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RE: (one of) two ag-related questions



Michelle Gaither asked, in part:

>  Has anyone heard of utilizing waste steam for a greenhouse?  don't need 
>  the energy, just looking for warmth/humidity.  Don't know how far the
steam 
>  could travel before losing the warmth.  Apparently this is done in the 
>  Netherlands??

The Kalundborg industrial park in the Netherlands is probably the most
widely publicized example of such a synergy but the use of surplus steam
and/or warm process water for district heating applications is relatively
commonplace.  But theKalundborg example is probably the most fun, since it
is tightly integrated across multiple industries and feeds, and is a good
example of the evolutionary nature of industrial ecosystems.  For more
Kalunborg info see for example:

http://www.indigodev.com/Kal.html
http://www.sustainable.doe.gov/business/gertler2.shtml

I believe that ZERI also has built/designed some examples of industrial
eco-parks that re-use process steam/heat for ag/food related applications
(fish farming, etc).  See http://www.zeri.org/systems/brew.htm

For a more focused review of commercial district heating applications, see
the excellent resource at http://www.energy.rochester.edu/dh/.  According to
this site, 

"A recent census by the Department of Energy found more than 30,000 district
heating systems in the United States and there are thousands more throughout
the world."

Don't know how many of these are involve greenhouses, but the Rochester site
has links to several systems, so that is "...left as an excercise for the
student", as the saying goes.

You mention the humidity aspect of the steam heat, but I suspect that any
pratical application would require more or less closed-loop systems since
process water is generally chemically treated prior to use, and (1) you
would want to recycle it within the plant, merely extracting the heat energy
from it; and (2) there may be some real environmental/health concerns
related to the release of the untreated condensate in the greenhouse.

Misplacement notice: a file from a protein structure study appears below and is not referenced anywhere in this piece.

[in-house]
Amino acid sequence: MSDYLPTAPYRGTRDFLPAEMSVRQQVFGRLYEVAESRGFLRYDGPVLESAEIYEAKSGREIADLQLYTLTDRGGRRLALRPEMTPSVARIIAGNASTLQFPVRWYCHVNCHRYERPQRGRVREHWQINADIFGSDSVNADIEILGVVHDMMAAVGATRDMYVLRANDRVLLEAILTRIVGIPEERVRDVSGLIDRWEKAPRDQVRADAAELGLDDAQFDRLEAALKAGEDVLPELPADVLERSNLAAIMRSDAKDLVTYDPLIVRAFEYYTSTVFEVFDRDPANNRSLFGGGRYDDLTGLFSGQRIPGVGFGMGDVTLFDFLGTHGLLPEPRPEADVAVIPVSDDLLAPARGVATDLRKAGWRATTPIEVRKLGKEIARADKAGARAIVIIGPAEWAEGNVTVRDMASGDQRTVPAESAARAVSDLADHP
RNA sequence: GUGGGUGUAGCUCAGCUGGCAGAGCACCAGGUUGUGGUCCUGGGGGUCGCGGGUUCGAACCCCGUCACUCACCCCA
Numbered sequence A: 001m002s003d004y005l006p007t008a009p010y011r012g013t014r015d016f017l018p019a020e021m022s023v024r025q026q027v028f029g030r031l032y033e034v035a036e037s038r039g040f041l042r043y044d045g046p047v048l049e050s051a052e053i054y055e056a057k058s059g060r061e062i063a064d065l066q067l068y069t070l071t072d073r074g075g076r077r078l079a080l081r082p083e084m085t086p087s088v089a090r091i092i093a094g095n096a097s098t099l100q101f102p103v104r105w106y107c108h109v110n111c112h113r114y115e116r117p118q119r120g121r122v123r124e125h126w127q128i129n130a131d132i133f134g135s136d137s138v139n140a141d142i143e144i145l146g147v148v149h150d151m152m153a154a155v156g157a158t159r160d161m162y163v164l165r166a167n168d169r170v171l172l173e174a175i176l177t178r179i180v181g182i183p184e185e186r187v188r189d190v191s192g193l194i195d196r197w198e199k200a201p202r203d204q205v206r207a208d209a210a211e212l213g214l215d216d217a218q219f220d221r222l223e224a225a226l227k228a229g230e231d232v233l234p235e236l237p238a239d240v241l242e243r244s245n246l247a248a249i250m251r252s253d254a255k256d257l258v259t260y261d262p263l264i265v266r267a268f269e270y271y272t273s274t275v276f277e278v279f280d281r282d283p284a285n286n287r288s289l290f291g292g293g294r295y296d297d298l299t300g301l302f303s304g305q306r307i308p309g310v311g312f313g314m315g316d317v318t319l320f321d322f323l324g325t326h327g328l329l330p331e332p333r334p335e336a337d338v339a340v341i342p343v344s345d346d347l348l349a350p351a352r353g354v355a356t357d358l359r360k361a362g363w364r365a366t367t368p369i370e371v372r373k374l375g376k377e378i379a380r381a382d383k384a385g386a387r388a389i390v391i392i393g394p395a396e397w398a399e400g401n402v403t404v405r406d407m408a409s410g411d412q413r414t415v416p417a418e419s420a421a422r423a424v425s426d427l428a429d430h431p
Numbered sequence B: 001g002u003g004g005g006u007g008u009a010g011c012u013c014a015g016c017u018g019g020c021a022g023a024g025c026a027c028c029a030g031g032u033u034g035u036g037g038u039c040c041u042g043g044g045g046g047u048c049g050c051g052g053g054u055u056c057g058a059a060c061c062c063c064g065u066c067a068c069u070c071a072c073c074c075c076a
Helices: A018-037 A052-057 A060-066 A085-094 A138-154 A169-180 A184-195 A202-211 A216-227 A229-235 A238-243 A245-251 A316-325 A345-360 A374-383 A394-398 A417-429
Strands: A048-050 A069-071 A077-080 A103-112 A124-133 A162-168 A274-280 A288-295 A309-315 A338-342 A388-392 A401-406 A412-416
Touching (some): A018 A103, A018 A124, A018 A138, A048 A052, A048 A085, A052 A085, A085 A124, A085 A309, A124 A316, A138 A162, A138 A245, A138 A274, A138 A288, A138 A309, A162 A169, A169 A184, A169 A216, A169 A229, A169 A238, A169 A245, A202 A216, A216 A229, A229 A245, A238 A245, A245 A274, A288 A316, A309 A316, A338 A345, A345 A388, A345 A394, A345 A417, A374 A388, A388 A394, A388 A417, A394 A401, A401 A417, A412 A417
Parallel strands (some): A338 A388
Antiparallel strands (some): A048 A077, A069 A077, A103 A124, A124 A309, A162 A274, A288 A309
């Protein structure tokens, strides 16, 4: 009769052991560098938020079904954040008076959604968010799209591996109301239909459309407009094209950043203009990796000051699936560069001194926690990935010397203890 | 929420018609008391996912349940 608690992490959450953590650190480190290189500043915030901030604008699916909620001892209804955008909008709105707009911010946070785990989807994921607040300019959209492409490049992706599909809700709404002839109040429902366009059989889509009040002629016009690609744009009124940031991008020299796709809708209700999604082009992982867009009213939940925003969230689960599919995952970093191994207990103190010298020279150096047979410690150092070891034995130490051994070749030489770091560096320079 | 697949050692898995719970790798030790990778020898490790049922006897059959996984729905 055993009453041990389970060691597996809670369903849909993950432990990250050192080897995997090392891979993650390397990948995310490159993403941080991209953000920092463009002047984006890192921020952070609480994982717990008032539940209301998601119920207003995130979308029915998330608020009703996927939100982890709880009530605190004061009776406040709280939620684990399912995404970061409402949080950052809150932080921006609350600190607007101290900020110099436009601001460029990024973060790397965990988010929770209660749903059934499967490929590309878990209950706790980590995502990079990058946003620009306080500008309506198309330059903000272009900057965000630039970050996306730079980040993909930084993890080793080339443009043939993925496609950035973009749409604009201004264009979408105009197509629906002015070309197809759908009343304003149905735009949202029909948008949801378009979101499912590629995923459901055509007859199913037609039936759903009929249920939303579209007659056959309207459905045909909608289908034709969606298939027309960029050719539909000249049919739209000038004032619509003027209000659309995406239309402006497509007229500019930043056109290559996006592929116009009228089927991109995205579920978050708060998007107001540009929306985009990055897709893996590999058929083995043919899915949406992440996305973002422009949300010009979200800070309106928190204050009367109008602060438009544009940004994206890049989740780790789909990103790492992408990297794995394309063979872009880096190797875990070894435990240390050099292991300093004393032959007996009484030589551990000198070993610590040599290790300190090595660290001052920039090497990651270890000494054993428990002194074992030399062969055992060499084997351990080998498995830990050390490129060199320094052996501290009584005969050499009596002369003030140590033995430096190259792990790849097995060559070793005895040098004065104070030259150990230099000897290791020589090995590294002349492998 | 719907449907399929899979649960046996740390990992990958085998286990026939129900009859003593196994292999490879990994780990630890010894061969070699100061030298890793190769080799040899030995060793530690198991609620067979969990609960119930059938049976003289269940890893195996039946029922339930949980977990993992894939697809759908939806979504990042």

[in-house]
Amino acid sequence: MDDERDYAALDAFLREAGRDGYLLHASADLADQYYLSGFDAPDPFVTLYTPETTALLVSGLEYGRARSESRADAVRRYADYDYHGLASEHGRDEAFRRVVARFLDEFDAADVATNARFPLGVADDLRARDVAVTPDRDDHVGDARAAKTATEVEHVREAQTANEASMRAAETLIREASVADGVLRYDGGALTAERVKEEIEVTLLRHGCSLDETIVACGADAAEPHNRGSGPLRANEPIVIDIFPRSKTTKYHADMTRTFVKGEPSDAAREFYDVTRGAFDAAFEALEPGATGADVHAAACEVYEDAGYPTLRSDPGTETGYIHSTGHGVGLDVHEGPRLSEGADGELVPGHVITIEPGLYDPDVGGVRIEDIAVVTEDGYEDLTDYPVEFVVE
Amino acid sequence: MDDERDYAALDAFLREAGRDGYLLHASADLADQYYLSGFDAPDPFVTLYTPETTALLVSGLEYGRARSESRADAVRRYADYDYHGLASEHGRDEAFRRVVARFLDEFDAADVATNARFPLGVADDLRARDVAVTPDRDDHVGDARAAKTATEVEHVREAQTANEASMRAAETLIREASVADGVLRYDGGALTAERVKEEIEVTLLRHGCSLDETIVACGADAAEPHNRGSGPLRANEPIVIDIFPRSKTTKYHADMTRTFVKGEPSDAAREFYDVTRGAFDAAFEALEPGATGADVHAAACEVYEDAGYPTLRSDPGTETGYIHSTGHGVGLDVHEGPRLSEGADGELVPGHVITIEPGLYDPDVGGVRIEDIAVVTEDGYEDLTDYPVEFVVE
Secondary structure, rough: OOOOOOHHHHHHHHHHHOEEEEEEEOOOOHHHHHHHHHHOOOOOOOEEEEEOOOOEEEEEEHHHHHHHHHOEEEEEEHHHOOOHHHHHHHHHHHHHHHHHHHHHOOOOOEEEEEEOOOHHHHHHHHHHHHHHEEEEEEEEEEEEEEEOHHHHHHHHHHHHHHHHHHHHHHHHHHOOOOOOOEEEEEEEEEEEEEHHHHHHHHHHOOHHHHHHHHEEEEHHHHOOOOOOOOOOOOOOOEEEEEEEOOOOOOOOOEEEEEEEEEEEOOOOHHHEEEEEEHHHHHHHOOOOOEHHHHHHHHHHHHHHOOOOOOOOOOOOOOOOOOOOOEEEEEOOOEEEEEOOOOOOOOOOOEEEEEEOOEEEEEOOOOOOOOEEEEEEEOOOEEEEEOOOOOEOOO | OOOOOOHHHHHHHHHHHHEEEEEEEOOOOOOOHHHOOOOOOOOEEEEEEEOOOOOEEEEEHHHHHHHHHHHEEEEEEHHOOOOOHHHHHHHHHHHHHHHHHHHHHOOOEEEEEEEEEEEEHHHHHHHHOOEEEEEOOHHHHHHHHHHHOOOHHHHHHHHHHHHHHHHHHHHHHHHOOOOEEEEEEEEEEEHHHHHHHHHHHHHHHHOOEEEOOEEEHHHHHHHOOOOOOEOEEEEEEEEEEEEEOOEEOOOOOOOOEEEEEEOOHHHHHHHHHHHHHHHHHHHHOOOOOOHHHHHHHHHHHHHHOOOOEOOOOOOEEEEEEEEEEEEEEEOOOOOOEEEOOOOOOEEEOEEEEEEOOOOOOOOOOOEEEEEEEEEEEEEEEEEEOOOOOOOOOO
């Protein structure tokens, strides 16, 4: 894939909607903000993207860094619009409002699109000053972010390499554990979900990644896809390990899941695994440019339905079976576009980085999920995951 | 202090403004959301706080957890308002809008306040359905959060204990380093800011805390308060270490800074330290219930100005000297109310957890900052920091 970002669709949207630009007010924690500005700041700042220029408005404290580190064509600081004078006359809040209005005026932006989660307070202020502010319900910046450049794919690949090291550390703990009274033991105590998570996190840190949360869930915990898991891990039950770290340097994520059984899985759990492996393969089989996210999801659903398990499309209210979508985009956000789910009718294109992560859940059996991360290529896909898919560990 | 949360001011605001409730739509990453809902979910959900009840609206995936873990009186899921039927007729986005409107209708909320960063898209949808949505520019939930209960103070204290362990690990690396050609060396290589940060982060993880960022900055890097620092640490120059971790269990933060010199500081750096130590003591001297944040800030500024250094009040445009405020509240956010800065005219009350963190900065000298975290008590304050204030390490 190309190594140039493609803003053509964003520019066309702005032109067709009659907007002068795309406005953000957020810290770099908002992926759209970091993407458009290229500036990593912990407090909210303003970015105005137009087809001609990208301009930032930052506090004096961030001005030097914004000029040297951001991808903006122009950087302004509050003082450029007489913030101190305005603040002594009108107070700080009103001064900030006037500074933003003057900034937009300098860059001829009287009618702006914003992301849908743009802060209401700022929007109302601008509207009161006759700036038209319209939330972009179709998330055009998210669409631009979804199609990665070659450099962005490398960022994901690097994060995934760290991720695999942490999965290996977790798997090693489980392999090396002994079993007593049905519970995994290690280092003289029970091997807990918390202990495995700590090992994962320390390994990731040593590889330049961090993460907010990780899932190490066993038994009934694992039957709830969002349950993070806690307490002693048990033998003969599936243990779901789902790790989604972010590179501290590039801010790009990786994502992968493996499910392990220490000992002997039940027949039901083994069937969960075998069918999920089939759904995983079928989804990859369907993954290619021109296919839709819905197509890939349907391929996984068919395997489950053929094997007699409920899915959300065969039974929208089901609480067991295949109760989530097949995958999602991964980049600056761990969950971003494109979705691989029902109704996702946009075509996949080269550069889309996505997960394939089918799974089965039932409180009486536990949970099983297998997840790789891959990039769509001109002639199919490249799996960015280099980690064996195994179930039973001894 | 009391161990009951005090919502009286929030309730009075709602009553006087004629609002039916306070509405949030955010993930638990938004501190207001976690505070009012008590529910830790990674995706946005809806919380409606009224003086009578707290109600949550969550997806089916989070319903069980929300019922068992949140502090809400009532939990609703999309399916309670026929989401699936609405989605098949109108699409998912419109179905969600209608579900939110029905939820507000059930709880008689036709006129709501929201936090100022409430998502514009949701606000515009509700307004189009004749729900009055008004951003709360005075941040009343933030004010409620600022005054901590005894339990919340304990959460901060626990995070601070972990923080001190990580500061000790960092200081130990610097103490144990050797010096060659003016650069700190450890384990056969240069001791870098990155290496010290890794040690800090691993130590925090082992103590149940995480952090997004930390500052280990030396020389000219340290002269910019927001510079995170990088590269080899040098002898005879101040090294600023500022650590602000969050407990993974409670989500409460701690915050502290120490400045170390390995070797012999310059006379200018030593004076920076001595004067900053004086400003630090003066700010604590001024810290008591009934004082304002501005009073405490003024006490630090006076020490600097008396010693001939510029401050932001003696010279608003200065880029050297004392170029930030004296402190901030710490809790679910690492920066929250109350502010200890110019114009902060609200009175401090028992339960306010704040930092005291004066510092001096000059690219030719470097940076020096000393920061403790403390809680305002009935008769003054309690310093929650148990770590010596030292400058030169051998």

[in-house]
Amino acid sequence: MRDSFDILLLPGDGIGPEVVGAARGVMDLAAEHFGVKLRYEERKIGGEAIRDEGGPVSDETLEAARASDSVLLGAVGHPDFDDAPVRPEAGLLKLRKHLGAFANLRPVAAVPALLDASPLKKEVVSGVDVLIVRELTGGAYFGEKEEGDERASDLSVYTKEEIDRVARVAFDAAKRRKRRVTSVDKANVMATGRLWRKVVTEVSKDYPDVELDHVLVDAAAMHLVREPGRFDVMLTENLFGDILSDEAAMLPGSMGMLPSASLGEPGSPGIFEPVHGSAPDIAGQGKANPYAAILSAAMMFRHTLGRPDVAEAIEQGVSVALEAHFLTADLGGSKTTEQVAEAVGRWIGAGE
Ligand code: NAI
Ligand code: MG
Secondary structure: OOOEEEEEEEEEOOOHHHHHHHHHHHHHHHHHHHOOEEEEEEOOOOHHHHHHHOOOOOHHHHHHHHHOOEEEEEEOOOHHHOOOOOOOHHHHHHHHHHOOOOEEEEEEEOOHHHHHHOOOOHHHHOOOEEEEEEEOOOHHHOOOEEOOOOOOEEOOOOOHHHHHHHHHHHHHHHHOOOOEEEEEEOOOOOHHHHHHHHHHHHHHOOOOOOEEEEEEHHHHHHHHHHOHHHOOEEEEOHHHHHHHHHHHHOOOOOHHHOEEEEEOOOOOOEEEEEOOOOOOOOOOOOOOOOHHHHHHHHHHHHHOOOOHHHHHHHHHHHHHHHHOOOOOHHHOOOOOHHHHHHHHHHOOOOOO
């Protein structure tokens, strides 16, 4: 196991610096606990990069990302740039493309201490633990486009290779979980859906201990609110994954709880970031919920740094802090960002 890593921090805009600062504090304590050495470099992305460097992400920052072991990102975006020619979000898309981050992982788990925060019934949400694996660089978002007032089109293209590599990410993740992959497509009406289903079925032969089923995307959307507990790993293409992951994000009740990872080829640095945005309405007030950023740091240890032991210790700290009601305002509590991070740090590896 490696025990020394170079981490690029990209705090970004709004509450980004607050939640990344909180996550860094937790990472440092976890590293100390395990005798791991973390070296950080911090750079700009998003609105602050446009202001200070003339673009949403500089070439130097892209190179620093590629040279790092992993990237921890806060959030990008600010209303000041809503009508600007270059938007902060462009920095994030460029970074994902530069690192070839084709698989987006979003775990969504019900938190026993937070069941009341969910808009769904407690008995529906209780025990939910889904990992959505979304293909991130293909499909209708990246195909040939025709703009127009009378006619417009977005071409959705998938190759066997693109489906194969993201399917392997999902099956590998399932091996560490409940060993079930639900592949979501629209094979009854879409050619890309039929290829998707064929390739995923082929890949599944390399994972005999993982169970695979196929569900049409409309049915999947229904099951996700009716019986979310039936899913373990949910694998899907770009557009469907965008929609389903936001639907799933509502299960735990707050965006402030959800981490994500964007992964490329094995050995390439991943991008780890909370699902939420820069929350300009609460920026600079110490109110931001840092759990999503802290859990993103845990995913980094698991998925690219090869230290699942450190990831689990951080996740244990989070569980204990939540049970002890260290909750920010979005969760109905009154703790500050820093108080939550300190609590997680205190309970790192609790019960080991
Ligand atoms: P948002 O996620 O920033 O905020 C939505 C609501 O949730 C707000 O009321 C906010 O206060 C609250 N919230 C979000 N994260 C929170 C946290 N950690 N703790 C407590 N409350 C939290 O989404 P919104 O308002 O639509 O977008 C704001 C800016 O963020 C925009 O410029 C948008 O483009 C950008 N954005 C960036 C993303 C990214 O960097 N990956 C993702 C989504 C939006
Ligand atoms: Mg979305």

I can't give you much in the way of guidance regarding economic distances
for piping/moving the steam but will observe that  many years ago I visited
a waste-to-energy facility on the outskirts of Baltimore, MD and seem to
recall that this facility sold some of its process steam to district heating
applications in downtown, a few miles away.  Certainly I would think that
distances of 1-2 miles could be accomplished, depending on the size of the
downstream application.  The St Paul, MN system
(http://www.districtenergy.com/de.cfm?p=059648.services._story.heatfact)
operates hot water lines over 79,000 linear feet of heating network, serving
"more than 150 downtown large buildings and 298 single-family residences in
downtown Saint Paul and adjacent areas; over 26 million square feet of
building area served, including over 75 percent of downtown building space "

For that matter, your own City of Seattle has a district steam system that
has been in operation since 1889, back when the only thing to heat in
Seattle was salmon and lumberjacks.  Oh, and sasquatches, too.

Hope this helps.

Scott Butner (butner@battelle.org) 
Director, ChemAlliance
Senior Research Scientist, Environmental Technology Division
Pacific Northwest National Laboratory
MS K6-04
PO Box 999, Richland, WA  99352
(509)-372-4946 voice/(509)-372-4995 fax
http://www.chemalliance.org/

P.S. -- Don't know what to do with the methane -- but a good start would be
had by doing a quick web search on Landfill gas utilization -- I suspect
that the technical issues are similar.  It was the big thing in the 80's,
now I think it's more routine.  One big concern is that such sources of
methane can be pretty high in sulfur compounds, and too low in methane
concentration for economic use.  But worth checking on.  


-----Original Message-----
From: Gaithermj@aol.com [mailto:Gaithermj@aol.com]
Sent: Wednesday, November 28, 2001 9:12 AM
To: p2tech@great-lakes.net
Subject: two ag-related questions


1.  Has anyone heard of utilizing waste steam for a greenhouse?  don't need 
the energy, just looking for warmth/humidity.  Don't know how far the steam 
could travel before losing the warmth.  Apparently this is done in the 
Netherlands??

2.   Any suggestions on capturing methane which is escaping from a small 
farm's
irrigation well?

thanks!!